The larger the star, the normally larger the average radius of its planets. Until recently, the reasons for this were not entirely clear. Now astronomers have shown that the situation cannot be explained only by the fact that large stars have more massive planets: as it turned out, a completely different factor plays an important role.
Of the 4434 candidates for exoplanets, the main part was found in red dwarfs - stars of small mass and size. Planets around more massive stars - orange dwarfs like Alpha Centauri B or yellow dwarfs like our Sun - are larger on average. In a new paper, forthcoming in Astronomy & Astrophysics, an international team of researchers has shown the reasons for this pattern. It turned out to be not only the mass, but also the other chemical composition of the planets in more massive stars. The text of the corresponding article can be found on the arXiv.org preprint server.
The real reasons why the radius of the planets in more massive stars is larger than that of less massive stars may be different. So far, the scientific literature has offered three possible explanations. First, larger stars have a higher luminosity - heating from their rays could "inflate" the gas envelopes of their planets due to thermal expansion. Second, the planets of more massive stars were formed from a larger protoplanetary disk and could have a higher average mass. Thirdly, exoplanets in massive stars could have a higher content of light gases - and, therefore, a lower average density and larger sizes, even with an ordinary, average mass.
The authors of the work decided to check all three versions. To do this, they made three predictions, the right or wrong of which corresponded to each of the above options. If the first explanation - about the expansion of atmospheres from heating - is correct, then the calculated temperature of the planets in more massive stars should be the greater, the larger the radius of such a planet (since it "swells" from heating). If the second explanation is correct - that is, around massive stars and planets are formed more massive - then the higher the mass of the exoplanet, the larger its radius should be. Moreover, such a relationship should be relatively linear and predictable. Checking the correctness of the third explanation is the most difficult of all, because it is difficult to accurately determine the composition of an exoplanet. However, if it has a very large radius at a moderate mass and calculated temperature, then it is clear that it contains more light elements than planets in less massive stars.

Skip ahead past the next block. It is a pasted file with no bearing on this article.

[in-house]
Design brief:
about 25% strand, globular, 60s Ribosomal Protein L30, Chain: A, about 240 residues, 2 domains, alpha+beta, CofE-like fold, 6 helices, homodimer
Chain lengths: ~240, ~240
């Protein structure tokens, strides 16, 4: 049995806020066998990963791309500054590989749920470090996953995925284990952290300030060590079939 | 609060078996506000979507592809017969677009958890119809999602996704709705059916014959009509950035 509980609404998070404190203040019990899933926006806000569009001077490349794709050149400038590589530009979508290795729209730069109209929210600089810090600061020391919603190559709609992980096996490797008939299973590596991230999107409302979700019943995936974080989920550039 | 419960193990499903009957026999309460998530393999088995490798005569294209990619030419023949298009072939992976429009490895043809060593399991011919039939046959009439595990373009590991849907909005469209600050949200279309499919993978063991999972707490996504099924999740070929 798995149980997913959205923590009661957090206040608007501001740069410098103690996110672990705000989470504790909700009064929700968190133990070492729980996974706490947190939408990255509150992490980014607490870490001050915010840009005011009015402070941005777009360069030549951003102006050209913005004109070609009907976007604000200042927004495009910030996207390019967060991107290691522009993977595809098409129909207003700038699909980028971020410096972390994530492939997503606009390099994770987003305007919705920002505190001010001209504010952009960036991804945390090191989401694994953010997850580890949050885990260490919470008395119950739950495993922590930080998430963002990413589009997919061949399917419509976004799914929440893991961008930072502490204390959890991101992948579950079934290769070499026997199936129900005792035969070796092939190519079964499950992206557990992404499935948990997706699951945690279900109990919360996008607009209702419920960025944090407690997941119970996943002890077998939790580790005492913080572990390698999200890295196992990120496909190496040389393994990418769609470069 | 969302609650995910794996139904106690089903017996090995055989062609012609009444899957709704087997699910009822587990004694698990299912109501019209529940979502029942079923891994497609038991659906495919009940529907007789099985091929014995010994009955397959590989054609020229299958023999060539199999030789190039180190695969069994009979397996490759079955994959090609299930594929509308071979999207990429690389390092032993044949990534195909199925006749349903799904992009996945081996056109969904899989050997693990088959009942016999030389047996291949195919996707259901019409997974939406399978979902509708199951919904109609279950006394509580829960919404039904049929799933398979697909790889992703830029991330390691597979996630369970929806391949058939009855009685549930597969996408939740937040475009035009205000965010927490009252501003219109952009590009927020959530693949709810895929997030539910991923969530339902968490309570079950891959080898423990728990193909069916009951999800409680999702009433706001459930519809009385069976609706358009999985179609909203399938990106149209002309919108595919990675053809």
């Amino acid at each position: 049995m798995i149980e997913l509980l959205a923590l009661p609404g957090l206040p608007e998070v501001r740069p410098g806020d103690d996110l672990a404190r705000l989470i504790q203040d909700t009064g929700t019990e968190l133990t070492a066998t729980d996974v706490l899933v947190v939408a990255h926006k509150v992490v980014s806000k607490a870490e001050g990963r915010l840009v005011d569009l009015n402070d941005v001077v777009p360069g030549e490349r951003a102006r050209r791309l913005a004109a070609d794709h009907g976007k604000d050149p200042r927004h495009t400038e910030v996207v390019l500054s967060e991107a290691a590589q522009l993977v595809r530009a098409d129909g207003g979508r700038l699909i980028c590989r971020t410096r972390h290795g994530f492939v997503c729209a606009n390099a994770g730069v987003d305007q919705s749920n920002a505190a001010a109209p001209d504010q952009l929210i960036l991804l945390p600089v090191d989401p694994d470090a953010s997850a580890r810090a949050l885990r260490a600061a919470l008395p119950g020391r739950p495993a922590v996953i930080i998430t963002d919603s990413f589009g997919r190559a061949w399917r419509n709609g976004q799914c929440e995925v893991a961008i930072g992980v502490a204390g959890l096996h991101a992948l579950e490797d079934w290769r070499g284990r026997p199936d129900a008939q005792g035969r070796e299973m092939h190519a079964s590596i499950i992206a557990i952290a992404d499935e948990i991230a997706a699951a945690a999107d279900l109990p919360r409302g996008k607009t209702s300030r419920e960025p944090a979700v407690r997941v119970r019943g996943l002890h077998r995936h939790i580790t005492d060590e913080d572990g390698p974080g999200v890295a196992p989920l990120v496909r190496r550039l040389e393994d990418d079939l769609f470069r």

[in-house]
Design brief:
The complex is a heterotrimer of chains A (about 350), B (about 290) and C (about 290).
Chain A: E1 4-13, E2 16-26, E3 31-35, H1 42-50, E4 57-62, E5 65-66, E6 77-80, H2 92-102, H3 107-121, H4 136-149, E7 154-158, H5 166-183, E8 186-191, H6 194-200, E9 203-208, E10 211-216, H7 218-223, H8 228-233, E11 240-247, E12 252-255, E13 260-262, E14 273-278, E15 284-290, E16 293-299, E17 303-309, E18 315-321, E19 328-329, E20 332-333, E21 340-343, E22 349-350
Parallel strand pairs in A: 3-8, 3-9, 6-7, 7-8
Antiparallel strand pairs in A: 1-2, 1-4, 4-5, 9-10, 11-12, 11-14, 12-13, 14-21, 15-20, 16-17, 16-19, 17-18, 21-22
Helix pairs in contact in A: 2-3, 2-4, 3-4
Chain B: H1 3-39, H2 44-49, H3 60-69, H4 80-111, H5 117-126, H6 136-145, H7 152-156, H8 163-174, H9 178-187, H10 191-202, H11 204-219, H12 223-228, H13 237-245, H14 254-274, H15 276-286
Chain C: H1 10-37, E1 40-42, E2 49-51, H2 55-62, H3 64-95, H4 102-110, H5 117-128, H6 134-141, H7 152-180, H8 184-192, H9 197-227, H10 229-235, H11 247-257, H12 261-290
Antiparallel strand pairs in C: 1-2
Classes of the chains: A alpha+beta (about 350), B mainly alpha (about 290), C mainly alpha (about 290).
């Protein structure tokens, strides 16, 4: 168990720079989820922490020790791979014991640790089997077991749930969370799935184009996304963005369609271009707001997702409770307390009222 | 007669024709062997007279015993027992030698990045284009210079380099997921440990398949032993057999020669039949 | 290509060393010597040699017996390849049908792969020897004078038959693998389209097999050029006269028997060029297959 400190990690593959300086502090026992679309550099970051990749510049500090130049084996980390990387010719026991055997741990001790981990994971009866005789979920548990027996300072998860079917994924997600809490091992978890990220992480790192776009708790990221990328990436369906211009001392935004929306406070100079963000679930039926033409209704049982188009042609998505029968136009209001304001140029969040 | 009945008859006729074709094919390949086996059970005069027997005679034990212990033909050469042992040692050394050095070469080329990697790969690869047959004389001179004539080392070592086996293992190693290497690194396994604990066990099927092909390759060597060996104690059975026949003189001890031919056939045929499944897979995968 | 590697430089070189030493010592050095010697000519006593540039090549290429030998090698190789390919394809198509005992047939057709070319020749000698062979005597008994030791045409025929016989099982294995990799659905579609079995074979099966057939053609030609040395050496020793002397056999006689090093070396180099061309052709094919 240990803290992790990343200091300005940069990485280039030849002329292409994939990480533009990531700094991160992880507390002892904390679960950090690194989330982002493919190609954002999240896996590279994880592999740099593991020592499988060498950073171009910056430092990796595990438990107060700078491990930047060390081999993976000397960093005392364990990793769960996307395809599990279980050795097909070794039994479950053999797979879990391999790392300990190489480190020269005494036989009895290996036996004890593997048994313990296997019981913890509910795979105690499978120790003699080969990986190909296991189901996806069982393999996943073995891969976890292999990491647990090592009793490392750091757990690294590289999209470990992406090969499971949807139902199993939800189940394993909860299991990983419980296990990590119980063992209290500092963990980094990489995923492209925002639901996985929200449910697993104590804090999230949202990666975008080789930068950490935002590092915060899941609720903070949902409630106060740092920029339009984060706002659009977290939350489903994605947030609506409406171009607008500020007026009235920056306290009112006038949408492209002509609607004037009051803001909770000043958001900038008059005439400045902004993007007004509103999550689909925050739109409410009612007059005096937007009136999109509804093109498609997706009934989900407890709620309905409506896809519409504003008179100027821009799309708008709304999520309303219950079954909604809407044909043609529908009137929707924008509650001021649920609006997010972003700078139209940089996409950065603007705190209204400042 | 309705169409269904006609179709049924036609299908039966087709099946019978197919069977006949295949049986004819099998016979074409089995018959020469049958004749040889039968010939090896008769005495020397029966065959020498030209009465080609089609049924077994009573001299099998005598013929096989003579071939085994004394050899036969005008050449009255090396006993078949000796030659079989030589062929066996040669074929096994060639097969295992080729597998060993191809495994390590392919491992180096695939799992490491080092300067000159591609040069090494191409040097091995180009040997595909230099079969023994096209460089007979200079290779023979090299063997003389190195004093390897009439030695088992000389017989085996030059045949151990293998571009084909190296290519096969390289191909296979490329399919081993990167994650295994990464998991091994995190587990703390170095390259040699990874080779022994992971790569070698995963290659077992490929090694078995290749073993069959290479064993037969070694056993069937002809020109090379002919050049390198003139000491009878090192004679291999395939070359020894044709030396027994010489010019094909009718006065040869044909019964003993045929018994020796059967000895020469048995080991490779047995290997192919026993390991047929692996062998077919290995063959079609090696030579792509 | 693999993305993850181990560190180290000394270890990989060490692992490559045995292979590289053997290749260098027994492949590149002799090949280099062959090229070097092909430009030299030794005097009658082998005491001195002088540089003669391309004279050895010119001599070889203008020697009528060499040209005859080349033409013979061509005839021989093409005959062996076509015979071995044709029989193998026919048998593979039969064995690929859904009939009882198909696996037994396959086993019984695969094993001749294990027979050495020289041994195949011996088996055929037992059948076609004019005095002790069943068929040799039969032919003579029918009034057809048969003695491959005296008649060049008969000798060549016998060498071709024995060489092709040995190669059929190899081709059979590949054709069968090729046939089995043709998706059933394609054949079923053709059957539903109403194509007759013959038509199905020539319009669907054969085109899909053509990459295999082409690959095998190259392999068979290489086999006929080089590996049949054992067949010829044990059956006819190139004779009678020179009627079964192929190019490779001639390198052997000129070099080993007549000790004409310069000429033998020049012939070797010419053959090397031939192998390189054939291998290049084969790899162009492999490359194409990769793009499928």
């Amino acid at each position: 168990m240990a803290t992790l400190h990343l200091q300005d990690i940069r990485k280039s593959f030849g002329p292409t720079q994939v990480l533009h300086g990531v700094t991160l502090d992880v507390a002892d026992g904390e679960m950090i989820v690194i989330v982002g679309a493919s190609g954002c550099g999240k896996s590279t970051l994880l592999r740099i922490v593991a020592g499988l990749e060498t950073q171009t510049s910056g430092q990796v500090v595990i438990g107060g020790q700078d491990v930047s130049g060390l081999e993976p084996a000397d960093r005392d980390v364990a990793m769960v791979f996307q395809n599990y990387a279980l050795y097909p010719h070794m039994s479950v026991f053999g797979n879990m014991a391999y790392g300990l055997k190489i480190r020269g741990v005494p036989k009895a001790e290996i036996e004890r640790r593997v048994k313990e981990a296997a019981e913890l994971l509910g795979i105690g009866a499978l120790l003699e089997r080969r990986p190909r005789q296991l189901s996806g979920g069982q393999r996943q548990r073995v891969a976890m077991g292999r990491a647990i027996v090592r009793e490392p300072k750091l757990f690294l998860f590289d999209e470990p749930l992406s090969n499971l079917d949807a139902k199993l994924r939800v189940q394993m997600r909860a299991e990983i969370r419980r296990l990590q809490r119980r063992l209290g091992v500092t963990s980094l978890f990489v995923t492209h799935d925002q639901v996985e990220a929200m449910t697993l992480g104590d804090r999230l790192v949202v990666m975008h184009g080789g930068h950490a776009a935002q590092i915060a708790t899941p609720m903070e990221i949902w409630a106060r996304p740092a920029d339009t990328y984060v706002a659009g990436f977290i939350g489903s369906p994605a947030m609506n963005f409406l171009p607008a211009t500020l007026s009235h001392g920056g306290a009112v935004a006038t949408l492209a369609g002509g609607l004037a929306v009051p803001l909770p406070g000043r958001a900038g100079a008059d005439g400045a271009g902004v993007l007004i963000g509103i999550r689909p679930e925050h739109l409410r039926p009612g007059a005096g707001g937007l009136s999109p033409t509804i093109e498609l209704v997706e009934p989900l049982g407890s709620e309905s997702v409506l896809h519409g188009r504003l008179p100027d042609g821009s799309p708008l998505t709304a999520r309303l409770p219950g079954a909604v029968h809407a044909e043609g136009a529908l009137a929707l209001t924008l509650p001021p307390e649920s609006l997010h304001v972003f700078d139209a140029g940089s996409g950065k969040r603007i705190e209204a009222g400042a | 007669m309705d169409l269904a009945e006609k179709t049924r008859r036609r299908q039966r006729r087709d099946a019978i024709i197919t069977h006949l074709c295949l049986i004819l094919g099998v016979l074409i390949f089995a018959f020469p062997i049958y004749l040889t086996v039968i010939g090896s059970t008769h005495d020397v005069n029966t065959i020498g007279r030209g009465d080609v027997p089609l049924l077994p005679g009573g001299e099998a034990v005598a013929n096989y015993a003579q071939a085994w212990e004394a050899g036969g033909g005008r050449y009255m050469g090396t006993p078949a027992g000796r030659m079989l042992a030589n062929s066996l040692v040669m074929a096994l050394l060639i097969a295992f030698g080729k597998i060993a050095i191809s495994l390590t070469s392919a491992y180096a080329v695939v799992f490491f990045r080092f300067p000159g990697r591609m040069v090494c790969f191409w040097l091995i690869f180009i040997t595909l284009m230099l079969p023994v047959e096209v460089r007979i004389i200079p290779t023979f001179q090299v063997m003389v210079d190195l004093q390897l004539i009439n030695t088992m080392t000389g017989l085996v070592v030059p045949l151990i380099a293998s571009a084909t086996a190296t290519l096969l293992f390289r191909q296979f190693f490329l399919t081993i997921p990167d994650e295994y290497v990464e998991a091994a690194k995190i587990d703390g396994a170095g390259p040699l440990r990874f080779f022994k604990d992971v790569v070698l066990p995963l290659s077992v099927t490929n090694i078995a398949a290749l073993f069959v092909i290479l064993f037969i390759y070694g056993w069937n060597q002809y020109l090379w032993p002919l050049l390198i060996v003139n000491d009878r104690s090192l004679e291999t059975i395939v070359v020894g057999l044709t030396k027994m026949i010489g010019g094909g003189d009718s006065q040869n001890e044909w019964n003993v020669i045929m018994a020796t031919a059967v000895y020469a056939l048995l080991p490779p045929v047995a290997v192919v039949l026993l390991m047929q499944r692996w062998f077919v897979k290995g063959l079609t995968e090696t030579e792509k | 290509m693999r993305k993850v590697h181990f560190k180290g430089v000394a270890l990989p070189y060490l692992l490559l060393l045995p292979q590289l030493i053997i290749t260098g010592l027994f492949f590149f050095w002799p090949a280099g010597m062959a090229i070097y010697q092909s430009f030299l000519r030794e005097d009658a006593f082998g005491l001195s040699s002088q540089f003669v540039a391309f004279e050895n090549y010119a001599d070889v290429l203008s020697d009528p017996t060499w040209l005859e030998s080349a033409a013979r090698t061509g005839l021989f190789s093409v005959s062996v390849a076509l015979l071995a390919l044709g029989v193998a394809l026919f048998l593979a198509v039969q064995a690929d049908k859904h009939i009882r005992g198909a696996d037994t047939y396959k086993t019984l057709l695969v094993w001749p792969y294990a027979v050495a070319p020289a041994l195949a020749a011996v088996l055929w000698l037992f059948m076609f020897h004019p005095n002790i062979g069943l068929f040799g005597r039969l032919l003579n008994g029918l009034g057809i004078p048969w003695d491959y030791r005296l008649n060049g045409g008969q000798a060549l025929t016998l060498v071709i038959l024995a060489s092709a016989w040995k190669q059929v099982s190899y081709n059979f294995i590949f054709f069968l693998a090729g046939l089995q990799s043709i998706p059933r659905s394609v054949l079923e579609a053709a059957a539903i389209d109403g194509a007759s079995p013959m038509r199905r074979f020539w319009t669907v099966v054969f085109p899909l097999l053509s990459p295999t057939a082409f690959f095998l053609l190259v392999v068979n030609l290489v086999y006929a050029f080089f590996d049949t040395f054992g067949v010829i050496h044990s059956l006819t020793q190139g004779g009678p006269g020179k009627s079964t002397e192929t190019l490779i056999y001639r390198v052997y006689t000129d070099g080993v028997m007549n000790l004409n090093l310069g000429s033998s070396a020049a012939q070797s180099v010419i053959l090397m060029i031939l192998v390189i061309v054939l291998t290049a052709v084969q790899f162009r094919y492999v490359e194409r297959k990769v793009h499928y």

With the help of calculations, the researchers were able to show that the planets around less massive stars have a lower proportion of light elements - especially helium and hydrogen. Only this can explain the radii observed in them at a fixed mass. The mass of exoplanets can be determined by the radial velocity method. In their analysis, astronomers this time focused on the planets of orange and yellow dwarfs, since the planets of red dwarfs know much more and there the analysis would be more laborious. Regardless, they note that the findings clearly extend to exoplanets in red dwarf systems. That is why, according to scientists, there is a much higher proportion of terrestrial planets and a noticeably smaller number of giant planets with a high content of gases - such as Jupiter or Saturn in the solar system. From this it follows indirectly that the chances of the emergence of terrestrial life in less massive stars may be higher than in more massive ones like our Sun.
As the researchers noted, the pattern they discovered does not apply to stars more massive than yellow dwarfs - for example, to white-yellow luminaries of spectral class F. hydrogen and helium) in a relatively short time.
It is not yet completely clear why the planets of more massive stars contain more hydrogen and helium - the details of the process of planet formation are still not clear to astronomers. But it is known that in the solar system, giant planets with hydrogen and helium in the atmosphere were the first to form, and only then did the terrestrial planets - Mercury, Venus, Earth and Mars. At the same time, the influence of massive Jupiter, close to Mars, deprived the Red Planet of the opportunity to have a significant mass and, as a result, a dense atmosphere and high vitality.